nep-ino New Economics Papers
on Innovation
Issue of 2022‒12‒05
five papers chosen by
Uwe Cantner
University of Jena

  1. Credit Reallocation and Technological Change By Mehmet Furkan Karaca, Mehmet Furkan Karaca; Minetti, Raoul; Murro, Pierluigi
  2. An Assessment of the U.S. Small Business Innovation Research (SBIR) Program: A Study of Project Failure By Link, Albert; Swann, Christopher; van Hasselt, Martijn
  3. Innovation and competitiveness: the regional dimension By Milene Simone Tessarin; Carlos Roberto Azzoni; ;
  4. Organized Labour and R&D: Evidence from Italy By Cetrulo, Armanda; Cirillo, Valeria; Landini, Fabio
  5. An Assessment and Evaluation of the U.S. Small Business Technology Transfer (STTR) Program By Link, Albert

  1. By: Mehmet Furkan Karaca, Mehmet Furkan Karaca (Michigan State University); Minetti, Raoul (Michigan State University, Department of Economics); Murro, Pierluigi (Luiss University)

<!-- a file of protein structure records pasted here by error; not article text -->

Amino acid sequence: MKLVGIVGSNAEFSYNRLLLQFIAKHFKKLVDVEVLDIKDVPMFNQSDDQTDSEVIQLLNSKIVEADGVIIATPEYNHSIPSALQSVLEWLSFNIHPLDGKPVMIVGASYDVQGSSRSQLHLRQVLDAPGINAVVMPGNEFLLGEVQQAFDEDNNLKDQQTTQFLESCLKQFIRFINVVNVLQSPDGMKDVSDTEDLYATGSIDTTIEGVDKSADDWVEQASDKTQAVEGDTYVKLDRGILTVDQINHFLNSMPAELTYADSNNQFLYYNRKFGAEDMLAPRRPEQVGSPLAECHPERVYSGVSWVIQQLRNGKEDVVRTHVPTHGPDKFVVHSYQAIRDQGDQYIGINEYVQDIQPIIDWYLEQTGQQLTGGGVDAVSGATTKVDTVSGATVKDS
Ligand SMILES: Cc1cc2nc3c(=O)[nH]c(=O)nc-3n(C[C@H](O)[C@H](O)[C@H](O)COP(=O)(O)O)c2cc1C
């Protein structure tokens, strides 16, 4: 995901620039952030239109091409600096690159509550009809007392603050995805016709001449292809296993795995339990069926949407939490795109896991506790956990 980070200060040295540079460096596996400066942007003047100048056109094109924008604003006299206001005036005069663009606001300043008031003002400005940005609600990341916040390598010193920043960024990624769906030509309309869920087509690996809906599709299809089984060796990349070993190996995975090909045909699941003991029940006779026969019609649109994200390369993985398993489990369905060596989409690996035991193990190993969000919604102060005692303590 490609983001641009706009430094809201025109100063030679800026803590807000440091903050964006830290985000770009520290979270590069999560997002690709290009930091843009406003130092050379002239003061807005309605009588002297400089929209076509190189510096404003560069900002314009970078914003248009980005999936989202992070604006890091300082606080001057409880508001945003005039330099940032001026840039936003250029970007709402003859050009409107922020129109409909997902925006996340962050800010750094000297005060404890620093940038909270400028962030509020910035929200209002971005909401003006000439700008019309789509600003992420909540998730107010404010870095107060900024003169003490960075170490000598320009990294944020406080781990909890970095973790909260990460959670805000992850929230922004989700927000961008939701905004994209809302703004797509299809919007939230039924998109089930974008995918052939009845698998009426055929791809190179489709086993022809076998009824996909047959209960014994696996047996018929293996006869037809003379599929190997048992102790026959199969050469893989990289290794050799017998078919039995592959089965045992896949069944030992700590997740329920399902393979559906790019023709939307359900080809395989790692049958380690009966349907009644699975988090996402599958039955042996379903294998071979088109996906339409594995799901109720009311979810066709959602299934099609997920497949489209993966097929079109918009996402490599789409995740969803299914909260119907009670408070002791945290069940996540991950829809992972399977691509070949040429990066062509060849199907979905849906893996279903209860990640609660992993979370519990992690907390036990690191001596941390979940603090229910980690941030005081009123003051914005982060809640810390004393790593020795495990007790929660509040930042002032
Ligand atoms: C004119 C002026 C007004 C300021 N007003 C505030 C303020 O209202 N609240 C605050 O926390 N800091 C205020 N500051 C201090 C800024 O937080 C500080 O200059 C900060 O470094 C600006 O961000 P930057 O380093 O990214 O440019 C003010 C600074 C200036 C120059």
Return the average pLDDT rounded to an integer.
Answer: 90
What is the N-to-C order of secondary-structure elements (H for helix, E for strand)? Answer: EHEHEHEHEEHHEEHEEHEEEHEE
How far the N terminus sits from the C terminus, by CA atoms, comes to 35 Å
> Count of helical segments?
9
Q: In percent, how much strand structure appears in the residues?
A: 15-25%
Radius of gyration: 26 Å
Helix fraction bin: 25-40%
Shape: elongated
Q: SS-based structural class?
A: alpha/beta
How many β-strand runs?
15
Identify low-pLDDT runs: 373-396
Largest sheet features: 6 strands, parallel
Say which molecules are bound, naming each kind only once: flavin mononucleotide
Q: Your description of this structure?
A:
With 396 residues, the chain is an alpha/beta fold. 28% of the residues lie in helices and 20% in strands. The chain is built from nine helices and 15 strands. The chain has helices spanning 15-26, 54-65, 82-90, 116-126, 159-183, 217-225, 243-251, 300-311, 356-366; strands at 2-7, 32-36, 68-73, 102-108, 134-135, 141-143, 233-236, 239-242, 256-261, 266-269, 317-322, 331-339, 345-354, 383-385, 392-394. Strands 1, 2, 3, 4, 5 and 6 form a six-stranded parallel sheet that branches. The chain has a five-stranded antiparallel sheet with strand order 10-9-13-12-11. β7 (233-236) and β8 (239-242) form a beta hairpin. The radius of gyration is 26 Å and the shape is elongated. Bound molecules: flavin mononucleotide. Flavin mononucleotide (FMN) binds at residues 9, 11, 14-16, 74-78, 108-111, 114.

Abstract: This paper studies the dynamic process of credit reallocation and its interaction with aggregate innovative activity. To draw out theoretical predictions, we build a discrete time model to investigate the consequences of lenders’ decision on reallocating credit and borrowers’ choice on innovating. We show that an escalation in credit reallocation disrupts innovative activities. Using a novel dataset on bank balance sheets and the aggregate number of patents for Italy, we examine the effect of credit reallocation on innovation. We construct measures of credit reallocation and collect data on the aggregate number of patents as a measure of innovative activity across Italian provinces. We find that an increase in credit reallocation reduces innovative activity while aggregate credit growth helps to expand it.
    Keywords: Credit Market; Credit Reallocation; Technological Change; Innovation
    JEL: E44 G21 O30
    Date: 2022–10–19